The damage that can be wreaked by deliberate corruption or destruction of programs or data, or lifting of data without the knowledge of the rightful owner of the data, by illegal access into the operating system is enormous. For example, if the computer system of Indian Railways is tampered with, goods and passenger trains across the country can be brought to a halt, causing huge economic loss, with heightened accident risk. Or if, like NSA's Stuxnet program destroyed Iran's nuclear enrichment centrifuges, our nuclear power plants' systems are broken into, it can result in a nuclear disaster. Government of India (GoI) has listed“the civil aviation sector (ATC), railway passenger reservation system and communication network, port management, companies and organizations in power, oil and natural gas sectors, banking and finance and telecom sectors” as critical, apart from certain “strategic government departments such as space (ISRO), External Affairs Ministry (passport database), the Home Ministry's police and intelligence networks,.... the Prime Minister's Office (PMO), the NSCS and the Cabinet Secretariat”. [Ref.3].
Security of government data and data concerning its citizens is vital for any government. Government and private intelligence agencies (the services of the latter purchasable by the highest bidder) are engaged in acquiring or “mining” information from their own country and from other countries which are competitors in the political, economic or military senses. It is standard security practice, for instance, that computers which are connected to the internet are not connected with the LAN, so that there is no access to the system through the internet. Other security measures are physical security to ensure that data is not tampered with or copied by individuals who work within the system or obtain physical access to the system. However, for systems which are necessarily connected to the internet for their functioning (e.g., internet banking), it is a mere combination of motivation – money, display of capability, ideology, etc – and time-on-the-job, for an experienced hacker to crack firewall codes and find passwords to gain access to programs and data. This has been demonstrated by hackers, detected and punished or not, who have broken into systems as varied as banks, strategic, military, scientific, technical or industrial databases around the world. Another method is to plant viruses or clandestinely embed special-purpose hardware and software into commercially supplied hardware devices and software systems to transmit data that passes through the system. Routinely, firewalls to prevent unauthorized access into systems, regular change of passwords at all levels within the system, and restricting physical access to system terminals are time-tested methods for system and data security.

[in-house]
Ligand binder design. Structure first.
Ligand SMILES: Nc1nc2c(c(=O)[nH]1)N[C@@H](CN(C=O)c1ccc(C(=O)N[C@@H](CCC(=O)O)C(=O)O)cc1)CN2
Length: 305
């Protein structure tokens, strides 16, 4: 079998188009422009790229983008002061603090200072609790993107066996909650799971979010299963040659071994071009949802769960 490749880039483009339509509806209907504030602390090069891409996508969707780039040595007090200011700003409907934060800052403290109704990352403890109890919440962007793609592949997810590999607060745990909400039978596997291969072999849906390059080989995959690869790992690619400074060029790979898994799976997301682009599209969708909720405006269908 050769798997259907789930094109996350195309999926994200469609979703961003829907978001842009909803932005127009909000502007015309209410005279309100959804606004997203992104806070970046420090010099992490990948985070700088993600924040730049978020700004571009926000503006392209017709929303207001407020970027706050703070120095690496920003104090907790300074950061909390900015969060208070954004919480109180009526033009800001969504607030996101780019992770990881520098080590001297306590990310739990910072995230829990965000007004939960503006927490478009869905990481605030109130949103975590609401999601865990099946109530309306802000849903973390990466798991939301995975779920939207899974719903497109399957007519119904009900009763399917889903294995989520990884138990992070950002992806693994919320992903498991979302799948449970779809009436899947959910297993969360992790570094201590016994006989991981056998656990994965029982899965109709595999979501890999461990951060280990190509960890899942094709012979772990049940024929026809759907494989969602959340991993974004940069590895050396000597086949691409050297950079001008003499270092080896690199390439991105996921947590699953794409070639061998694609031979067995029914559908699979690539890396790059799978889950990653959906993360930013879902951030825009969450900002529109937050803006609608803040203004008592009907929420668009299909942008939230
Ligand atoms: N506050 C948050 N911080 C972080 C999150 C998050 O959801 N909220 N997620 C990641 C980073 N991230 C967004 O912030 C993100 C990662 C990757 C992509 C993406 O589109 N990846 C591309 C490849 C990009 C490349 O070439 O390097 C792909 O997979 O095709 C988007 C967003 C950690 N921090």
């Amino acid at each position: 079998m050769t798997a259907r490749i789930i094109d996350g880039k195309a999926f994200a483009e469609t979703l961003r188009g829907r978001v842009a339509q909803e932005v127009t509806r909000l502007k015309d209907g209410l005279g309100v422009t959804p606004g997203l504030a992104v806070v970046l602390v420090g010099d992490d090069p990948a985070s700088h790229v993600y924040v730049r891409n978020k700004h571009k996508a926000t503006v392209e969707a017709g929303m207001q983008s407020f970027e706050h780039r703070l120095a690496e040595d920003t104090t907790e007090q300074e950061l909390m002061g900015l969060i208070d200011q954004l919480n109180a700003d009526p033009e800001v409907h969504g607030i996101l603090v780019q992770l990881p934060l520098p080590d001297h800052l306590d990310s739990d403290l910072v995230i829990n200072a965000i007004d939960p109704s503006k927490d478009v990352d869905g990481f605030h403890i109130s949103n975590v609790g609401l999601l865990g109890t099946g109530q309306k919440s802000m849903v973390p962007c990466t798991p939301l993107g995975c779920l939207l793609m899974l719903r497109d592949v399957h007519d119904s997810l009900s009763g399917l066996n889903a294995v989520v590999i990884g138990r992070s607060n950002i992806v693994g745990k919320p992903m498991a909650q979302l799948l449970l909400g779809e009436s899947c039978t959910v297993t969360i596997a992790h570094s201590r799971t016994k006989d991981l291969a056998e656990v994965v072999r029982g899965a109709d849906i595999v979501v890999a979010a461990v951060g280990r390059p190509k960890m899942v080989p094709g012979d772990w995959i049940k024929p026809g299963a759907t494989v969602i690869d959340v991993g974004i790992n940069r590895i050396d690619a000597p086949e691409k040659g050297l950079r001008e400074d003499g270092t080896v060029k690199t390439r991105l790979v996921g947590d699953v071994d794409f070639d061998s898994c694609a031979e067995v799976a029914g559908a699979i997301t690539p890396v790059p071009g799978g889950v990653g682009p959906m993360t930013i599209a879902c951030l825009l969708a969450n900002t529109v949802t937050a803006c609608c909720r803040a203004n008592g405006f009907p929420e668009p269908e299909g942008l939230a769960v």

Rudderless national security ?
It is known that GoI intelligence or infotech agencies have not indigenously created, tested and certified a firewall for system and database security. The GoI firewalls in use are purchased commercially from international infotech vendors. It is no big deal for an employee of an infotech corporation which has designed GoI's firewalls, to part with key information for personal gain, to any person or intelligence agency who wants to break into GoI systems without even being observed.
India's apex security body, the National Security Council (NSC), admits that India's cyber security strength is “grossly inadequate to handle cyber security activities in a meaningful and effective manner”. Therefore, “Now, India is also setting up its own 'cyber security architecture' that will comprise the National Cyber Coordination Centre (NCCC), ... the Cyber Operation Centre, ... and National Critical Information Infrastructure Protection Centre (NCIIPC) ...”. [Ref.3]. This pathetic admission, clearly after exposure of NSA's spying success with India as a preferred target, indicates institutional failure of India's intelligence organizations, and worse, failure of NSC itself to comprehend strategic imperatives. If this is considered an unduly harsh statement, consider that in 15 years of its existence, NSC, headed by none less than the Prime Minister of India, has not brought out a national security strategic document. NSC's post-Snowden awakening to India's gross inadequacy in cyber security appears to be a knee-jerk reaction rather than part of a strategic plan.